6. Photo: Getty Images

    Chow Line: A Year or Two is not Too Long to Use Uncooked Frozen Turkey

    I bought two turkeys last November, with the intent to cook one at Thanksgiving and the second one for New Year’s Day. We ended up going to a friend’s house on New Year’s instead, so now I still have the frozen turkey from last year in my freezer. Is it safe to cook it for our Thanksgiving meal this year? Great question! Yes, you can still safely cook that turkey as long as it has been stored in the freezer unopened and uninterrupted and stored at or below 0 degrees Fahrenheit, according to the U.S. Department of Agriculture Food Safety and Inspection Service. That’s because freezing keeps food safe by slowing the movement of molecules, causing microbes to enter a dormant stage, USDA says. Freezing preserves food for extended periods because it prevents...
  7. The price of fertilizer, energy, seed and other expenses are expected to go up in 2019 though income for Ohio farmers likely will not increase by much, if at all, a CFAES agricultural economist has projected. (Photo: Getty Images)

    Farmers’ Costs to Go Up

    COLUMBUS, Ohio — The cost of producing a grain crop is expected to rise next year, but farm income is unlikely to increase, an agricultural economist with The Ohio State University has projected. On average, profits for Ohio farmers next year will be “low to negative,” said Barry Ward, an assistant professor in the College of Food, Agricultural, and Environmental Sciences. For the past five years, farm income nationwide has been declining, with the exception of 2017 when it increased slightly. Next year, fertilizer, seed, machinery, labor and energy costs likely will be “modestly higher,” Ward said. “Nothing is really exploding, but we are going to see some increases,” said Ward, one of several faculty who spoke Nov. 2 at the...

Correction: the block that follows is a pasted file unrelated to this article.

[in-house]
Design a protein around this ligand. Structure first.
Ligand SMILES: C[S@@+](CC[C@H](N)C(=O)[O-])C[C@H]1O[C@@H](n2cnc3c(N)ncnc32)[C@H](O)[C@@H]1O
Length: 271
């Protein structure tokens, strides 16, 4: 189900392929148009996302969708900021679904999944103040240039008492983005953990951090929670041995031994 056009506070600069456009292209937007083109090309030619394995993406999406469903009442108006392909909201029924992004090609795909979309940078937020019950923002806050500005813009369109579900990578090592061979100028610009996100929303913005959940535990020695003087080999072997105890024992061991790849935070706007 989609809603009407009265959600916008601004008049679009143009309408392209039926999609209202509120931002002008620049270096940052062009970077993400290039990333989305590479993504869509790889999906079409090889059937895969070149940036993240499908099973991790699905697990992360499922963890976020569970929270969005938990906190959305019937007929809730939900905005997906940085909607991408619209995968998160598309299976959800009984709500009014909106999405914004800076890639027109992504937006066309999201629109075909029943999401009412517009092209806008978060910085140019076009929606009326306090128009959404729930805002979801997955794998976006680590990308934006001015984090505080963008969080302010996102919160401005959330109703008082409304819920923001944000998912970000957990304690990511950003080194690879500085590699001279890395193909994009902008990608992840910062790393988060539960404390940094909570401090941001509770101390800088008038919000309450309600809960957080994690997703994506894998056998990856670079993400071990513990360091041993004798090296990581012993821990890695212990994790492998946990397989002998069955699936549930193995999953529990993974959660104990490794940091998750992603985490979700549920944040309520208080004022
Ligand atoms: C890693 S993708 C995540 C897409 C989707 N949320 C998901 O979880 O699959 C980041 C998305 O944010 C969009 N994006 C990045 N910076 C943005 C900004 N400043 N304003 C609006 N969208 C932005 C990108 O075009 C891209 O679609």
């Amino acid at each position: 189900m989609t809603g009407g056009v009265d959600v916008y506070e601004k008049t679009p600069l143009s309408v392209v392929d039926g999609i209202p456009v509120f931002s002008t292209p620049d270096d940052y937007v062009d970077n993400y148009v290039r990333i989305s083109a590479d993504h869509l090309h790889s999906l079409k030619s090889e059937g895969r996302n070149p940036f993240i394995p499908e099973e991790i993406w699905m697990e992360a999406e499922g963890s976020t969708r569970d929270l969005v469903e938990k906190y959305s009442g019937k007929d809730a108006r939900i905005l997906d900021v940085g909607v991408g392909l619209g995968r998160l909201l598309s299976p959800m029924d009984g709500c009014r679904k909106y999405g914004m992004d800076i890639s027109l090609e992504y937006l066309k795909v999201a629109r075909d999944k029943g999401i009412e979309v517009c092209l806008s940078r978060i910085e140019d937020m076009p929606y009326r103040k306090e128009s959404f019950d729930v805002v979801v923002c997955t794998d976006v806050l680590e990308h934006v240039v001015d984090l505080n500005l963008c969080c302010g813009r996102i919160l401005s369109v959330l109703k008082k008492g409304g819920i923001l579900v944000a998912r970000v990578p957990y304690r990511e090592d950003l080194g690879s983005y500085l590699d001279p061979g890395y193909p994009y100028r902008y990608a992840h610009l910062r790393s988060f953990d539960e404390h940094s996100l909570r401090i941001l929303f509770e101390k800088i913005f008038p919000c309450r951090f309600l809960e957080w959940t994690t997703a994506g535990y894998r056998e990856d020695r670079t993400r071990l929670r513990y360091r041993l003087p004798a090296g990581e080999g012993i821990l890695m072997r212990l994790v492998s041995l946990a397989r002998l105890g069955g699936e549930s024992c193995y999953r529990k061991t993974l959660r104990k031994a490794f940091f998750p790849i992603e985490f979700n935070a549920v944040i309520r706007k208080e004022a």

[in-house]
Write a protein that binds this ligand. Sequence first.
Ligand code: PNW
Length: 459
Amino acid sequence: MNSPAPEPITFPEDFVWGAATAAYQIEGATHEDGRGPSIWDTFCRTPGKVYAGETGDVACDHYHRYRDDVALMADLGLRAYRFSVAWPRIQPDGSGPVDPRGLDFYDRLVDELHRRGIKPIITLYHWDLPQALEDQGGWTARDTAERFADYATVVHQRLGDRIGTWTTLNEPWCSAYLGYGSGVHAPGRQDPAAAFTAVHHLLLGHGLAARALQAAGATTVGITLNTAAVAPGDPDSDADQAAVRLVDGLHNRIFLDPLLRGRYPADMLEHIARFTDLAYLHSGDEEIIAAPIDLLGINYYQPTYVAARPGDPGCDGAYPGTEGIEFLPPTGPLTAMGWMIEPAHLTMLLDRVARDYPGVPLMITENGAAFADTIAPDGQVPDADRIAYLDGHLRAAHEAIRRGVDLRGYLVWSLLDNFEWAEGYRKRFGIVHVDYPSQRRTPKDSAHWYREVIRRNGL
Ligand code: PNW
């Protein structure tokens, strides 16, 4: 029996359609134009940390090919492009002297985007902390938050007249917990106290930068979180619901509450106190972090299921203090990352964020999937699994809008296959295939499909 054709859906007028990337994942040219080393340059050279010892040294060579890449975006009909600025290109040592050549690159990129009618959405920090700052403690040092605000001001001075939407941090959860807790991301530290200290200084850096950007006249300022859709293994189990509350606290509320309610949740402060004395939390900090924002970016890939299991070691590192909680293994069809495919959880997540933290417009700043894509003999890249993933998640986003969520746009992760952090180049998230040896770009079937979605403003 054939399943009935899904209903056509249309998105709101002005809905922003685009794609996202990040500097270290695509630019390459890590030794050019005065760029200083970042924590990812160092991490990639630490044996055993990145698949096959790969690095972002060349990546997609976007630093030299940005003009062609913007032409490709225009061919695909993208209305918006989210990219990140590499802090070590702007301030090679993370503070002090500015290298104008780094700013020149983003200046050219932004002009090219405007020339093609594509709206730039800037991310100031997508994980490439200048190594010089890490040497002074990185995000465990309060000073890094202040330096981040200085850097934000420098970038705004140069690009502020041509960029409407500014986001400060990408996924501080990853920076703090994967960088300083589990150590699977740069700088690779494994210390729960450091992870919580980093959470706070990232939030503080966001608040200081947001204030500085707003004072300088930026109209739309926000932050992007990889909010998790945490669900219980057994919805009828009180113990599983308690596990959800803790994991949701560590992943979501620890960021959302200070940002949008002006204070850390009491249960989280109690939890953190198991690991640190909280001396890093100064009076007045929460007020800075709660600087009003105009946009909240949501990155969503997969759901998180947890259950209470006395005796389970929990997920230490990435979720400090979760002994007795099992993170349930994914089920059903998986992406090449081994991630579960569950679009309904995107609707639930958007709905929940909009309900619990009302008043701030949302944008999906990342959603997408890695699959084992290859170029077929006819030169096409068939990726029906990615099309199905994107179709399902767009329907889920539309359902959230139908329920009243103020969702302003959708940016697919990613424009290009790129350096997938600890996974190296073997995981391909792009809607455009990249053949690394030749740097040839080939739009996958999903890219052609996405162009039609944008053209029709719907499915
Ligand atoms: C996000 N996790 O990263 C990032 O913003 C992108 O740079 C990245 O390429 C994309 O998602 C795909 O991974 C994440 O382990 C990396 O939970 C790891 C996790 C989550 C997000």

8. New Study Will Track Ways to Cut Runoff from Elevated Phosphorus Fields

    COLUMBUS, Ohio — Some farm fields in northwest Ohio’s Maumee River watershed have more phosphorus than their crops can use. Called “elevated phosphorus fields,” such fields may be at higher risk of contributing to Lake Erie’s harmful algal blooms. That’s the premise of a new five-year, $5 million study that hopes to learn about those fields and lower that risk by creating new public-private partnerships. Led by Jay Martin, an ecological engineering professor with The Ohio State University’s College of Food, Agricultural, and Environmental Sciences (CFAES), the study plans to monitor and manage more than a dozen elevated phosphorus fields, all in the Maumee River watershed. Public-private partnerships To do the work, the study is...
  9. (Photo: Getty Images)

    Corn Prices Expected to Improve

    COLUMBUS, Ohio — Farmers rattled by the dip in value of their soybean crop likely will see prices for their corn go up next year, one of the few optimistic projections made at a recent conference on future profits in farming. Most of the graphs presented at the Nov. 2 event hosted by the Department of Agricultural, Environmental, and Development Economics (AEDE) at The Ohio State University offered a grim outlook: a decline in soybean crop prices resembling a steep ski slope, shrinking pie slices representing Chinese demand for U.S. soybeans. But there were a few bright spots noted at the Agricultural Policy and Outlook Conference, including a projection that corn prices could improve in 2019. As the world supply of corn shrinks, that will drive up corn prices, said Ben...
  10. (Photo: Getty Images)

    Tips and Events for the Week of Nov. 5

    Tip 1: Harmful Algal Bloom Level Milder Than Predicted: Lake Erie's summer algal bloom level was less serious than scientists had predicted in July. The level was 3.6 out of a possible 10, indicating a relatively mild bloom, according to an Oct. 26 report issued by the National Oceanic and Atmospheric Administration (NOAA). In a July report, scientists from NOAA and Ohio Sea Grant program at The Ohio State University had predicted the bloom level would be 6 on the severity index.  While this year’s level is slightly more severe than the 3.2 measured in 2016, it was much milder than the severe bloom of 2017 in which the level measured 8. Chris Winslow, director of Ohio Sea Grant and Stone Laboratory in Ohio State’s College of Food, Agricultural, and Environmental...